dc.description.naturelink_to_OA_fulltext
 
dc.descriptionPoster Session: abstract no. 1624
 
dc.description.otherThe IADR 2010 General Session, Barcelona, Spain, 14-17 July 2010.
 
dc.identifier.citationThe IADR 2010 General Session, Barcelona, Spain, 14-17 July 2010. [How to Cite?]
 
dc.identifier.hkuros180044
 
dc.identifier.urihttp://hdl.handle.net/10722/125751
 
dc.languageeng
 
dc.publisherInternational Association of Dental Research.
 
dc.publisher.placeUnited States
 
dc.relation.ispartofIADR General Session, 2010
 
dc.titleAntibacterial effect of silver and fluoride compounds on cariogenic organisms
 
dc.typeConference_Paper
 
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<item><contributor.author>Lou, Y</contributor.author>
<contributor.author>Botelho, M</contributor.author>
<contributor.author>Darvell, BW</contributor.author>
<date.accessioned>2010-10-31T11:49:53Z</date.accessioned>
<date.available>2010-10-31T11:49:53Z</date.available>
<date.issued>2010</date.issued>
<identifier.citation>The IADR 2010 General Session, Barcelona, Spain, 14-17 July 2010.</identifier.citation>
<identifier.uri>http://hdl.handle.net/10722/125751</identifier.uri>
<description>Poster Session: abstract no. 1624</description>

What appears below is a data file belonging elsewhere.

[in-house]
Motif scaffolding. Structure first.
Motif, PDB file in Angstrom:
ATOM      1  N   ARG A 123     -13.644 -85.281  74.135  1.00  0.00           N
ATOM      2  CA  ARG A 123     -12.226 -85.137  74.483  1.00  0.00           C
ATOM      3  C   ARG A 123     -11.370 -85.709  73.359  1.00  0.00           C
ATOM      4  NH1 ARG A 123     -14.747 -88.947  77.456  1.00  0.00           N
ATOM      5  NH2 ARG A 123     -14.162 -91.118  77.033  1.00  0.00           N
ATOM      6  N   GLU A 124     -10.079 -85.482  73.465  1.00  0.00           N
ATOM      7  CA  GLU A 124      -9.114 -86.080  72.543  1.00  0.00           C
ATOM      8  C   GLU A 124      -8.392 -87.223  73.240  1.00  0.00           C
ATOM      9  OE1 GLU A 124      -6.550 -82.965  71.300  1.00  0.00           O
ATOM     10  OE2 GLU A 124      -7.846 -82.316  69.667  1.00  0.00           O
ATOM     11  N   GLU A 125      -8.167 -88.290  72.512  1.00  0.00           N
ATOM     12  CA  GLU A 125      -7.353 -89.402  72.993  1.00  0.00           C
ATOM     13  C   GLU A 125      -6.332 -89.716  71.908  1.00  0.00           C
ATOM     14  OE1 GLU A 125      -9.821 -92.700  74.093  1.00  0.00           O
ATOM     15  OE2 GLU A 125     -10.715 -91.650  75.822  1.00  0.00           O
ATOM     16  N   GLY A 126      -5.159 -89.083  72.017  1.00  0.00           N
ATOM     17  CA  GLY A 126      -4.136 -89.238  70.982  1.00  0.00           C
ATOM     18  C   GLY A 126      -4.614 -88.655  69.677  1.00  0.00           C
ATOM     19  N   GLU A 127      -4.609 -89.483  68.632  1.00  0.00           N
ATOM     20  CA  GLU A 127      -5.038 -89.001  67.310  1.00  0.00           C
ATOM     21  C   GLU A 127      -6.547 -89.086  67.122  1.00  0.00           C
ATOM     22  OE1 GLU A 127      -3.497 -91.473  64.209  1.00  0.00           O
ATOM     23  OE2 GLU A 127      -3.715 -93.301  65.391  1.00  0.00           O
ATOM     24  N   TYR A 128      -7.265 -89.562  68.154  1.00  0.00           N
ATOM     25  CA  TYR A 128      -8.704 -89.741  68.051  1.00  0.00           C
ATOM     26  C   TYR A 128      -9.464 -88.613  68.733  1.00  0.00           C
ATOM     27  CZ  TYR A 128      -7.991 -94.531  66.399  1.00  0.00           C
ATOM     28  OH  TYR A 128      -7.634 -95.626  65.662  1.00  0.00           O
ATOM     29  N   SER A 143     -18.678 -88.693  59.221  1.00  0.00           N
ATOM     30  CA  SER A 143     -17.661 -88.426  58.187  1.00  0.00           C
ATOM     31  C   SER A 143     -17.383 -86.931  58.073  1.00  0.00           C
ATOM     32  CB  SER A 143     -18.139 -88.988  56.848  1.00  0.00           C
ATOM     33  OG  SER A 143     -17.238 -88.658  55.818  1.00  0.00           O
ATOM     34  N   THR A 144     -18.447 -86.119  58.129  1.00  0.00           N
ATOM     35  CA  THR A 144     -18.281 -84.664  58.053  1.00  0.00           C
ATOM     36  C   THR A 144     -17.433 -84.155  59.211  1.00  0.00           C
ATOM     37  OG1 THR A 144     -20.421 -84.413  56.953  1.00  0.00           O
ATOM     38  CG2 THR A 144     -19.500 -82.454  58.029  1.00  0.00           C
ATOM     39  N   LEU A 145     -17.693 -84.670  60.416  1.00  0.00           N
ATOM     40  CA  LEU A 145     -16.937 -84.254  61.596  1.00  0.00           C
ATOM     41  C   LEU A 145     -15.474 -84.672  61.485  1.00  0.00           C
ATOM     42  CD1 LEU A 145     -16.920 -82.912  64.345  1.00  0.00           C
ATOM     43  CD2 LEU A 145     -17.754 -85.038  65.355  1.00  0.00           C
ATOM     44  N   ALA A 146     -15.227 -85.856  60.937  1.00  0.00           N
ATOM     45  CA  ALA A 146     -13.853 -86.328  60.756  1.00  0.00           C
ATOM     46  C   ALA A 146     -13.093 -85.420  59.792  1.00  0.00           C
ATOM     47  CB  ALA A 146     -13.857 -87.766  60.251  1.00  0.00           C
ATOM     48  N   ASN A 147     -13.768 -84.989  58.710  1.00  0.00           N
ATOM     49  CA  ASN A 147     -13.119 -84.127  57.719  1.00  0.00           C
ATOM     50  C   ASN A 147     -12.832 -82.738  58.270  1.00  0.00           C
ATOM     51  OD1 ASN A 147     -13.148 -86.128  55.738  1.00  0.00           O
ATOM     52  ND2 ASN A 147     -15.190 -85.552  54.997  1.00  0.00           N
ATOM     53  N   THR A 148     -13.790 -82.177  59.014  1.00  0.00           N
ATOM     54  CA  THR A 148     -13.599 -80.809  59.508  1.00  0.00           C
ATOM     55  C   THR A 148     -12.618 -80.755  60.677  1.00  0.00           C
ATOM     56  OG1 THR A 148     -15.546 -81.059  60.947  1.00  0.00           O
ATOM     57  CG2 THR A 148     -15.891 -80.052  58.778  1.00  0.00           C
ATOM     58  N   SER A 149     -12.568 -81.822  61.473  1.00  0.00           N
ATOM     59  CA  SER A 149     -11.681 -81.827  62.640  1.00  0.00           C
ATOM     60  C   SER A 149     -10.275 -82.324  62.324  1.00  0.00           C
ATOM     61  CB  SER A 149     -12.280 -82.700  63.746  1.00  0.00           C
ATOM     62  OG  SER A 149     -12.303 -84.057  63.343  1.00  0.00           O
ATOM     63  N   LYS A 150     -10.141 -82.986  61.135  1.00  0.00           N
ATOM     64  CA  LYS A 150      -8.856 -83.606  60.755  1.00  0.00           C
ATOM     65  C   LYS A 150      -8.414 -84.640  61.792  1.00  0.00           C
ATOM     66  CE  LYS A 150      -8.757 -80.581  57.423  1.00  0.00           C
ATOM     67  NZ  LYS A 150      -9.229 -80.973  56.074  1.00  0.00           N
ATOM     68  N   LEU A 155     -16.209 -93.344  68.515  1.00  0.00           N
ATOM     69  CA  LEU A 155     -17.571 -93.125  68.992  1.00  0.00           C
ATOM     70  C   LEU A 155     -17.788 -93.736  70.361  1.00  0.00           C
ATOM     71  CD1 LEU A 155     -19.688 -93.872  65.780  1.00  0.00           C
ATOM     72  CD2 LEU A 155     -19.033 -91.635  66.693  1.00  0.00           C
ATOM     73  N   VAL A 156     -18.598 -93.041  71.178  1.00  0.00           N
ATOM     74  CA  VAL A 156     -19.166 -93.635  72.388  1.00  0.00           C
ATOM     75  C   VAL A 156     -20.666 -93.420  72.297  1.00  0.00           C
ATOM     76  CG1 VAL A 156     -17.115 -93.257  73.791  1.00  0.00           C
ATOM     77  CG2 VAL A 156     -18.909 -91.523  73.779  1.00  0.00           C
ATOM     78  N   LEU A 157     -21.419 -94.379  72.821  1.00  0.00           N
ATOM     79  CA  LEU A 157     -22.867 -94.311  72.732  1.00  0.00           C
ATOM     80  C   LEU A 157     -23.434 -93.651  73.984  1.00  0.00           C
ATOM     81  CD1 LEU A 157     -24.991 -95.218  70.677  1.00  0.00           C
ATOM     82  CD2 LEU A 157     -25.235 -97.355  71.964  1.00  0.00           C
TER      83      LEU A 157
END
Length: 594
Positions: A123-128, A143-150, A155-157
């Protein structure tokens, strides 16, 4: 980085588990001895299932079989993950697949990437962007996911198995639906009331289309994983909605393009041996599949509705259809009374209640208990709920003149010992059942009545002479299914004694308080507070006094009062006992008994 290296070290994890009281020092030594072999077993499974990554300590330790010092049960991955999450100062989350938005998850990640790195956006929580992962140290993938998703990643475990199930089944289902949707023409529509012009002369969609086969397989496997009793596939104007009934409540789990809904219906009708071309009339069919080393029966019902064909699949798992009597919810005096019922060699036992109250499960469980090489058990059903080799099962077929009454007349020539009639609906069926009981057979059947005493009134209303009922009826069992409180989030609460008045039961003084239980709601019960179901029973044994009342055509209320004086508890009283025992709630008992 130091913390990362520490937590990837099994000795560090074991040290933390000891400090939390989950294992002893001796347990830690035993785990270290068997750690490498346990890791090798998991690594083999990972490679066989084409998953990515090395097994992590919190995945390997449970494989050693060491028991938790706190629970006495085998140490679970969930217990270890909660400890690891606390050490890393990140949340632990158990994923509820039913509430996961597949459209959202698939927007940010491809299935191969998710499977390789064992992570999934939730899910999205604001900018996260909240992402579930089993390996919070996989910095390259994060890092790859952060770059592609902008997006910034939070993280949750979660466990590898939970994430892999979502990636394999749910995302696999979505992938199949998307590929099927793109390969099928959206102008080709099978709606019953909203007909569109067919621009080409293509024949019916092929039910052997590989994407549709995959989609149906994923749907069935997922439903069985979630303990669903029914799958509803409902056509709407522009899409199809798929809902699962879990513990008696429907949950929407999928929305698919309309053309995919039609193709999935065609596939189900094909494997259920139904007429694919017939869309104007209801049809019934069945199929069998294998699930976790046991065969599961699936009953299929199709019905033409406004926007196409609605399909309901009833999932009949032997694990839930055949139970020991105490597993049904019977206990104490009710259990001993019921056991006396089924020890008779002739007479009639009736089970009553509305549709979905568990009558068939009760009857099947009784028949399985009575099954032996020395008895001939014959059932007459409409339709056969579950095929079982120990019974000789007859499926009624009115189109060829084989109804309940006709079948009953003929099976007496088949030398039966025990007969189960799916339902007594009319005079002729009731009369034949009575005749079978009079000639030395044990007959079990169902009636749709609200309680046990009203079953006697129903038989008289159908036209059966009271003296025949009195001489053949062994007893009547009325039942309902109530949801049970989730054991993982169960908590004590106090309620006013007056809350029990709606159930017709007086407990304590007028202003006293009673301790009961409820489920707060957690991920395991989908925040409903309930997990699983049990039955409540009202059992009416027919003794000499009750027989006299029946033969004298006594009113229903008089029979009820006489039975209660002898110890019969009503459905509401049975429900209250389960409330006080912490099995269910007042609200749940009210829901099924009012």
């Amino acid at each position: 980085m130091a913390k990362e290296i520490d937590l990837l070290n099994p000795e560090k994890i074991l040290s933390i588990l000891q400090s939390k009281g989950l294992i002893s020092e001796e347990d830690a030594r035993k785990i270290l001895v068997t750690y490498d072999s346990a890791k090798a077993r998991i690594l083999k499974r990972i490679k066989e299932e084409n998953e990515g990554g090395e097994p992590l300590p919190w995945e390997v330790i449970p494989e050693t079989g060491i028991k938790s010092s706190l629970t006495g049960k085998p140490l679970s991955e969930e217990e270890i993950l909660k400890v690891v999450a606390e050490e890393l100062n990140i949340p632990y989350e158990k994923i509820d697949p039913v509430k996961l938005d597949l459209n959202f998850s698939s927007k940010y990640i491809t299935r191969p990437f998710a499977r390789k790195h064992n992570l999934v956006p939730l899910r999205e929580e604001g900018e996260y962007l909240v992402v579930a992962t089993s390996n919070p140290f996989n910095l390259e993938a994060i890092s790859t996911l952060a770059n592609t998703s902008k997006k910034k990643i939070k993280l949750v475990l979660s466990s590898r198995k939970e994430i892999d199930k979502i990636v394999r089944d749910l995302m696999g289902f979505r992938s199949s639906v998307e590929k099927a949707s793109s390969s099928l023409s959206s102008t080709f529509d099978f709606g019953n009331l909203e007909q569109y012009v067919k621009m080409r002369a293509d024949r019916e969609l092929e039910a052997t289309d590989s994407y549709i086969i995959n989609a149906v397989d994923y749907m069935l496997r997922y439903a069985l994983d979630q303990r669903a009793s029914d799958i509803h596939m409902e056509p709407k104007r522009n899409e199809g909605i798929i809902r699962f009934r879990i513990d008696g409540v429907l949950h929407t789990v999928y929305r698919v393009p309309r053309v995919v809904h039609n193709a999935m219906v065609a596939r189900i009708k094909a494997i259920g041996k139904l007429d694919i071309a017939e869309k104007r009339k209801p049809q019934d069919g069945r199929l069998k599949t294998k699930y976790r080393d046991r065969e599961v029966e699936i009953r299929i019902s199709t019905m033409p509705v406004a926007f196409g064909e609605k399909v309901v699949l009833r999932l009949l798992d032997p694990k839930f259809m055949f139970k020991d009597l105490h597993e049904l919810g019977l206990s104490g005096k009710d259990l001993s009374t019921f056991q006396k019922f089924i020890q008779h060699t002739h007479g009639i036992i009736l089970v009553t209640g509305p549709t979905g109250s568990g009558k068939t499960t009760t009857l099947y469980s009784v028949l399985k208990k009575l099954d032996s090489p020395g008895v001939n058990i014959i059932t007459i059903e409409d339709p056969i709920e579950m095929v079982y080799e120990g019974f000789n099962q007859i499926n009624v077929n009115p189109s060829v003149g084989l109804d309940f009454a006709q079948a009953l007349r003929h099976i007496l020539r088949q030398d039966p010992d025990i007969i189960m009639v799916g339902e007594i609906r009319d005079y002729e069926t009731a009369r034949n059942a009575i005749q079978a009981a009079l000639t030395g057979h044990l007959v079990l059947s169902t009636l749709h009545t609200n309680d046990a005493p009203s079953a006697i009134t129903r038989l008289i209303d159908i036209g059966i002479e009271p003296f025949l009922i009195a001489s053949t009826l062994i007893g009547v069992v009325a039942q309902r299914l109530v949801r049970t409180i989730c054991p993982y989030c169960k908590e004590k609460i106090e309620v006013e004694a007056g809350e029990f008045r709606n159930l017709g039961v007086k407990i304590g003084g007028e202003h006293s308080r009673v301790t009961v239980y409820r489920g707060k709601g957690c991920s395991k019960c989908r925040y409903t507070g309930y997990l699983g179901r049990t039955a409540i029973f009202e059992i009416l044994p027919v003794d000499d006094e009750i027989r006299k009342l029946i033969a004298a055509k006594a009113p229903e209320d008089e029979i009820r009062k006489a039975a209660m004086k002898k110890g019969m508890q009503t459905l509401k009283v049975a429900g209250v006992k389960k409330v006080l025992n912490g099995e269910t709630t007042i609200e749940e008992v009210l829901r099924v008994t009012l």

<description.abstract>OBJECTIVE: to investigate the antibacterial effects of silver- and fluoride-containing compounds used in caries management. METHODS: Minimum inhibitory concentrations (MICs) of silver diammine fluoride (SDF), silver fluoride (AgF), silver nitrate (AgNO3), ammonium fluoride (NH4F) and sodium fluoride (NaF) were determined on Streptococcus mutans, Lactobacillus acidophilus and Actinomyces naeslundii. Serial (&#215;2) dilutions from 2  400,000 &#181;g&#8226;mL-1 (limits depending on solubility) were prepared in a 96-well plate with BHI media adjusted to pH 7 or pH 5 to simulate neutral and cariogenic conditions. Tests with silver compounds were duplicated in the dark to investigate the effect of light. RESULTS: Four-way analysis of variance (AoV) showed three main factors (agent, pH, species) to have highly-significant effects (p &lt; 0.05) while light did not (p &gt; 0.05). Dropping light and repeating as a three-way AoV, all factors remained significant as well as most interactions (p &lt; 0.05). MIC(SDF) on the three bacteria ranged from 62  125 &#181;g&#8226;mL-1, similar to AgNO3 (62 &#181;g&#8226;mL-1) and AgF (31  62 &#181;g&#8226;mL-1). For A. naeslundii and S. mutans, silver compounds had antibacterial effect at significantly lower concentration than the fluoride compounds (p &lt; 0.001); NH4F (313 &#181;g&#8226;mL-1) and NaF (500 &#181;g&#8226;mL-1) had significantly weaker (p &lt; 0.05) effects at pH 7 than at pH 5. Increased antibacterial effect was found for F at the lower pH (p &lt; 0.001) but not for Ag. MICs for L. acidophilus could not be determined at pH 5 due to inadequate growth, while at pH 7 there was no growth for NaF (2 &#181;g&#8226;mL-1) or NH4F (20 &#181;g&#8226;mL-1), implying lower MIC values. CONCLUSIONS: Silver ions are antibacterial against oral microorganisms even at low concentration, while fluoride ion was only effective at relatively high concentration and affected by pH.</description.abstract>